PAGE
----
Course: Biostatistics for Medical Product Regulation

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Lecture Materials

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The posted lecture materials represent the visual component of the multimedia lecture presentations that are available to enrolled students. Students wishing to enroll in the for-credit version, which also includes faculty interaction and assessment, may visit the Biostatistics for Medical Product Regulation page on the JHSPH Distance Education site.

» Lecture 1: Biostatistics in Medical Product Regulation: Introduction ( Day )

  • Introduce the history of medical product regulation
  • Recognize examples of public health disasters that lead to regulation
  • Describe the process of product development

» Lecture 2: Study Designs, Objectives, Hypotheses (Foulkes)

  • Visualize a variety of study designs
  • Distinguish the categories of trials
  • Identify phases by differences in objectives

» Lecture 3: Study Populations (Day)

  • Describe the study population
  • Visualize the funneling of the recruitment process
  • Distinguish to whom study results apply

» Lecture 4: Study Designs (Day)

  • Distinguish and critique various methods of randomization
  • Explore the effects of randomization
  • Characterize good allocation schemes

» Lecture 5: Comparison/Control Groups (Foulkes)

  • Explore the range of possible control groups
  • Describe the purpose of control groups
  • Distinguish and critique the use of placebos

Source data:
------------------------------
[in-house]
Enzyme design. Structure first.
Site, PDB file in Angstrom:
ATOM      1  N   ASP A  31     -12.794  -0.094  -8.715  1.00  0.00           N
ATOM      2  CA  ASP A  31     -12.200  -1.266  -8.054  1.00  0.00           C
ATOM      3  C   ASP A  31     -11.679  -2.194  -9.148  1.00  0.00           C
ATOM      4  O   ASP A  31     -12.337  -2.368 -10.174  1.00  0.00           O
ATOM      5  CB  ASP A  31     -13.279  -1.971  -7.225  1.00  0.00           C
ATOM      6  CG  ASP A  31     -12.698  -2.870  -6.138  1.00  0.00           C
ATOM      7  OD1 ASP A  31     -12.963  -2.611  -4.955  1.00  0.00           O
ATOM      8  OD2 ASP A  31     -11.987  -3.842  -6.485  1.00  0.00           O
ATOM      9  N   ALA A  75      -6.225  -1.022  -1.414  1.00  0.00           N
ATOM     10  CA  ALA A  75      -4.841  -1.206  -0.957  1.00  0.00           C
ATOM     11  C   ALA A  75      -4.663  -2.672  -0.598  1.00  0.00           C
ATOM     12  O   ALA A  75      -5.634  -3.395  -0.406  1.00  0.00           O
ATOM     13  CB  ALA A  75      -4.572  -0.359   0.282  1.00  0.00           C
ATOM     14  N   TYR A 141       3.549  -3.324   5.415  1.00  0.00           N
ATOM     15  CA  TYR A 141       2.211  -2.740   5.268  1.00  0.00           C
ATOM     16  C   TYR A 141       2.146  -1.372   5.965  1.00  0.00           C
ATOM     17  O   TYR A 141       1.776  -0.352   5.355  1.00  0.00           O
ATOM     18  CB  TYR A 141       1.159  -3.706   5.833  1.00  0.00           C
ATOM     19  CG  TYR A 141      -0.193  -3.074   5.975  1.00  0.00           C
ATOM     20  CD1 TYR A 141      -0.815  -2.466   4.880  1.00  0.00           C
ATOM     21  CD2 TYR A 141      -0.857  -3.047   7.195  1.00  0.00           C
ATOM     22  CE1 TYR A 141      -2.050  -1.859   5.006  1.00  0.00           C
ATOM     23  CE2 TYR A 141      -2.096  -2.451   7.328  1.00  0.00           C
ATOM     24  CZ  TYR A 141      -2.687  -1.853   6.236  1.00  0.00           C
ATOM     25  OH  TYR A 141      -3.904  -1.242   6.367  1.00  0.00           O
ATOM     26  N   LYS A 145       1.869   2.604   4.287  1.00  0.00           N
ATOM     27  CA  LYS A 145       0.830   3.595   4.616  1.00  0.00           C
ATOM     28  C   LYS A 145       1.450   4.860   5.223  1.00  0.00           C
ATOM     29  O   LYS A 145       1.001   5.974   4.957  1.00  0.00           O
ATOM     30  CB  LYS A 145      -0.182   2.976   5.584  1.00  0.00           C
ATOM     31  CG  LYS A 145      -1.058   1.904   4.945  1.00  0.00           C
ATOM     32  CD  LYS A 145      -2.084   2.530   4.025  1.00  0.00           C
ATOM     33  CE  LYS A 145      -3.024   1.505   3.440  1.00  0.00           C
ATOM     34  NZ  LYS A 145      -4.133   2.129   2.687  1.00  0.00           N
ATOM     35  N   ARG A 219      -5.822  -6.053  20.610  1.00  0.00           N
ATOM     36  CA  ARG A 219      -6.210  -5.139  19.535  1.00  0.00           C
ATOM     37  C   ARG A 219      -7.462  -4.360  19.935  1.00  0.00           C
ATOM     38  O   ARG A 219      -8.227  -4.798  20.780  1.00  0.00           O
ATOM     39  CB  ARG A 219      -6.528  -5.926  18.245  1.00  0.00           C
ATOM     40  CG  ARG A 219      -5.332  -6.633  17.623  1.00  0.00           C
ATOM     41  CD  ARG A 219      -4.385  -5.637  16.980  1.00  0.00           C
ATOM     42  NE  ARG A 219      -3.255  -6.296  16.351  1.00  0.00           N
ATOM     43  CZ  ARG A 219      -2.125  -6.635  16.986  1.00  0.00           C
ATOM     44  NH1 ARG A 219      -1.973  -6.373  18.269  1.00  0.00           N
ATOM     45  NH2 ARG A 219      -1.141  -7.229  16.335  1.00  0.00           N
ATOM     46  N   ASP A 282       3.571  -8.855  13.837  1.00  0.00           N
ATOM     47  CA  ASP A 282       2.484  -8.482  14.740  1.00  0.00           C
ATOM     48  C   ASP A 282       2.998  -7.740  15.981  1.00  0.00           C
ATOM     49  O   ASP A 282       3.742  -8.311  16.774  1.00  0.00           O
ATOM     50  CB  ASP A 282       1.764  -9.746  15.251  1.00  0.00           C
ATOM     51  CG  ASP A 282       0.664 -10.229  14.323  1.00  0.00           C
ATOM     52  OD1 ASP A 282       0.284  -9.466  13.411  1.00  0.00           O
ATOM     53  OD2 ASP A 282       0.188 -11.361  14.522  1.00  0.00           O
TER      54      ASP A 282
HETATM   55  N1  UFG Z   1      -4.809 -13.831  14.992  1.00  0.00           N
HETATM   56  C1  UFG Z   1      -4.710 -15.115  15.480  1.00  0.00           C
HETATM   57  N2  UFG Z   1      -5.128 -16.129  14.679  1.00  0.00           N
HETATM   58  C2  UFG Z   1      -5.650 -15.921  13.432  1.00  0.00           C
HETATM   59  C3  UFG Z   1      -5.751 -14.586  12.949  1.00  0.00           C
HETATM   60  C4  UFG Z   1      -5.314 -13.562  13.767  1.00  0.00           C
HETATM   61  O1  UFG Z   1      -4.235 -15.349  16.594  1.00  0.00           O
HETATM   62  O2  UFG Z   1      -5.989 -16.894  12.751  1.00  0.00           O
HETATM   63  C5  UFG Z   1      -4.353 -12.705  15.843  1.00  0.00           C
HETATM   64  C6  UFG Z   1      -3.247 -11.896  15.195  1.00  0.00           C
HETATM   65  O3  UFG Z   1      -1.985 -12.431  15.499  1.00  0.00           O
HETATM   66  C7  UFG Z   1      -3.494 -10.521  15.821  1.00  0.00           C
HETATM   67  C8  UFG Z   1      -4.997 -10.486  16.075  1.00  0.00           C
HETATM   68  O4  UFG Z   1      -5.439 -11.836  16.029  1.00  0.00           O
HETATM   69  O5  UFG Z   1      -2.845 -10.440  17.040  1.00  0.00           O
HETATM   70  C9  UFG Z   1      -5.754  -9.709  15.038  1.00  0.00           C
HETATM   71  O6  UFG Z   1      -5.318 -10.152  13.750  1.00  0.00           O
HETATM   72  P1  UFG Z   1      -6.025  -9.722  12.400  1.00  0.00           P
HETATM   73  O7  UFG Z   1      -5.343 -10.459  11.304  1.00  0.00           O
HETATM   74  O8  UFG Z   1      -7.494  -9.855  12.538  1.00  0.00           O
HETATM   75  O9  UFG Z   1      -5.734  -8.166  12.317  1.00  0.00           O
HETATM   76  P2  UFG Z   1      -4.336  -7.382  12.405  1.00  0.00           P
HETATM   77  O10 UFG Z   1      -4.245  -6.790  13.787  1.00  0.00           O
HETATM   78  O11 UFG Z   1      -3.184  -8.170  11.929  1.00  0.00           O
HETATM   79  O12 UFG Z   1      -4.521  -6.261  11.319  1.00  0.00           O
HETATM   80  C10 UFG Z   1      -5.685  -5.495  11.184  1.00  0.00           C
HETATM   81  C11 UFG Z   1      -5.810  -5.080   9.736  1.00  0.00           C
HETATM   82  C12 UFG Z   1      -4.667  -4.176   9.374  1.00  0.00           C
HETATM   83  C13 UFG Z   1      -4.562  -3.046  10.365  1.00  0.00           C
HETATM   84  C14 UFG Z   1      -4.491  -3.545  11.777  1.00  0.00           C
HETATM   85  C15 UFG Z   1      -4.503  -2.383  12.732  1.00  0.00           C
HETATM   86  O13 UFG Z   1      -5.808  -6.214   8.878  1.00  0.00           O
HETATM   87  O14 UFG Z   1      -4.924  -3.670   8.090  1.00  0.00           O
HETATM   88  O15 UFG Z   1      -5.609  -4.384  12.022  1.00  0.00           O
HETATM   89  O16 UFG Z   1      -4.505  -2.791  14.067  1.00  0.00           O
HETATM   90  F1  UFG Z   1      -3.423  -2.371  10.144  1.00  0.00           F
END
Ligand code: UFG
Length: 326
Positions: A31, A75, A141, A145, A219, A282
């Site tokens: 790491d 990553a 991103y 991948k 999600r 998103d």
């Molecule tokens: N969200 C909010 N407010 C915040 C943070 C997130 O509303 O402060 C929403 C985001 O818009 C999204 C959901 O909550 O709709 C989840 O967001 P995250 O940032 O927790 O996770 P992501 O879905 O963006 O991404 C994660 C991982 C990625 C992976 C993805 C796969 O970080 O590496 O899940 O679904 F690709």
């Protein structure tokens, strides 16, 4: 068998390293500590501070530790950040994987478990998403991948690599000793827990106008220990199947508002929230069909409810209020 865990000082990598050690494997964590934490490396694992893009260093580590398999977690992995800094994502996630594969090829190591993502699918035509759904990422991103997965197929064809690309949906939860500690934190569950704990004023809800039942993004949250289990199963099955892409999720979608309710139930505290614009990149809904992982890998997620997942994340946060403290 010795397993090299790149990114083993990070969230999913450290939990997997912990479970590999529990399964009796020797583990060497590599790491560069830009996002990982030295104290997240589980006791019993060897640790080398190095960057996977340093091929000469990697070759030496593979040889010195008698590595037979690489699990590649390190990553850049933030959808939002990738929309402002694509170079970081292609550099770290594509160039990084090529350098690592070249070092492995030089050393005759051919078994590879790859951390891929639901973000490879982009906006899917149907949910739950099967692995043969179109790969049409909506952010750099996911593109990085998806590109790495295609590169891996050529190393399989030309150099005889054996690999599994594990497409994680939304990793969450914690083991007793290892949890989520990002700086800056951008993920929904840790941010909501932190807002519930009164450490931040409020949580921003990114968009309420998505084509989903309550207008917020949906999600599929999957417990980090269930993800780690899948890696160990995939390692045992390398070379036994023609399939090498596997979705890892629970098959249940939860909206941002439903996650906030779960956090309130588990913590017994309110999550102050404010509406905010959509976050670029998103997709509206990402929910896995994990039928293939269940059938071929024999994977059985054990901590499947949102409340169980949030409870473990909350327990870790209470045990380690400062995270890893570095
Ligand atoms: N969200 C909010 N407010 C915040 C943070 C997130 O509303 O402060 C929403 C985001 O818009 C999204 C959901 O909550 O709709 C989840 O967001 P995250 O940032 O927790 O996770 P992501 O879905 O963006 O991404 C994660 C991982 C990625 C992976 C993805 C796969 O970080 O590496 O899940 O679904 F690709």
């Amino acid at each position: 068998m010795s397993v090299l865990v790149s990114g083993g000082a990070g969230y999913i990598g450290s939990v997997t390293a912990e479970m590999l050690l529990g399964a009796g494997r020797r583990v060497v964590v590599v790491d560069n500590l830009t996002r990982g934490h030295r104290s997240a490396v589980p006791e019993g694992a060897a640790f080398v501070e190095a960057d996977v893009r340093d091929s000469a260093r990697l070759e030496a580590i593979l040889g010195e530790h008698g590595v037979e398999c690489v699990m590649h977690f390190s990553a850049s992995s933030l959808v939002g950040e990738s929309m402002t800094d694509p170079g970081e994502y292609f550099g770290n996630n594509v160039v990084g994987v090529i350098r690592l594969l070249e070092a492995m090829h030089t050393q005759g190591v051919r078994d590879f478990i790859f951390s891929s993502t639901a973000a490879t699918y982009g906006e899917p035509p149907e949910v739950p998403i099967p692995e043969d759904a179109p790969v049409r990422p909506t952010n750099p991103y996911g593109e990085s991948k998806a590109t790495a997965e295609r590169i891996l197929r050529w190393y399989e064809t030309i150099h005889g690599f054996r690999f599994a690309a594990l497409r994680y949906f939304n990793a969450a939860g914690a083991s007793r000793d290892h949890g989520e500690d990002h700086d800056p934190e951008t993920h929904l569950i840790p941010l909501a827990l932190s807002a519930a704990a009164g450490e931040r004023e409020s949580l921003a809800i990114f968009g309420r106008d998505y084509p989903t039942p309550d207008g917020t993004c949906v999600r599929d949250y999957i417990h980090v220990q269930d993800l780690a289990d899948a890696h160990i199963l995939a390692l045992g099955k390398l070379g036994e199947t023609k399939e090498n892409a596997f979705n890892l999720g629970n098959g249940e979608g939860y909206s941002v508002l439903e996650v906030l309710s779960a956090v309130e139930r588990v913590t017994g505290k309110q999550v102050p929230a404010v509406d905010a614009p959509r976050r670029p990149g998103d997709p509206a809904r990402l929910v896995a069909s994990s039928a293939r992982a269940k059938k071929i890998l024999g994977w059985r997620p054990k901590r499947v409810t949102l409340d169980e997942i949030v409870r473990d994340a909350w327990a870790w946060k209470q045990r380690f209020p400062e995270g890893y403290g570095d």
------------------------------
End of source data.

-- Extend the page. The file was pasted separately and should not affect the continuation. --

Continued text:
» Lecture 6: Outcomes, Surrogates, Composite Endpoints (Day)

  • Constrast various outcome measures
  • Understand the distinction between a surrogate and clinical endpoint
  • Visualize clinical and surrogate endpoints along a causal pathway

» Lecture 7: Analysis Issues, ITT, Post-Hoc, and Subgroups (Day)

  • Introduce various analysis issues
  • Contrast choices of analysis populations, including �intention to treat�
  • Explain the limitations of subgroup and post hoc analyses

» Lecture 8: Multiplicity, Missing Data (Foulkes)

  • Characterize the analytic dilemma of missing data
  • Describe various analytic methods, their limitations and assumptions
  • Identify the occurrence of multiplicity within trials
  • Introduce various analytic approaches to multiplicity

» Lecture 9: Non-Inferiority Specification of Delta (Foulkes)

  • Introduce the concept of non-inferiority
  • Discuss the issues of assay sensitivity and "bio-creep"
  • Formulate the delta or difference that defines inferiority

» Lecture 10: Multi-Regional Studies and Bridging Studies (Day)

  • Characterize multi-regional trials
  • Explain the need for multi-regional trials
  • Distinguish when bridging studies are needed
  • Describe the inferences from bridging studies

» Lecture 11: Interim Monitoring (Foulkes)

  • Link the need for a data monitoring committee (DMC) to the nature of the study population and the risks of the intervention
  • Describe the composition of the data monitoring committee
  • Contrast the data monitoring committee with others monitoring study conduct and subject safety
  • Discuss operational aspects of interim monitoring

» Lecture 12: Course Summary and Review (Foulkes)

  • Review the complete course content
  • Compare and contrast the existing regulations
  • Forecast applications of these concepts to future medical product development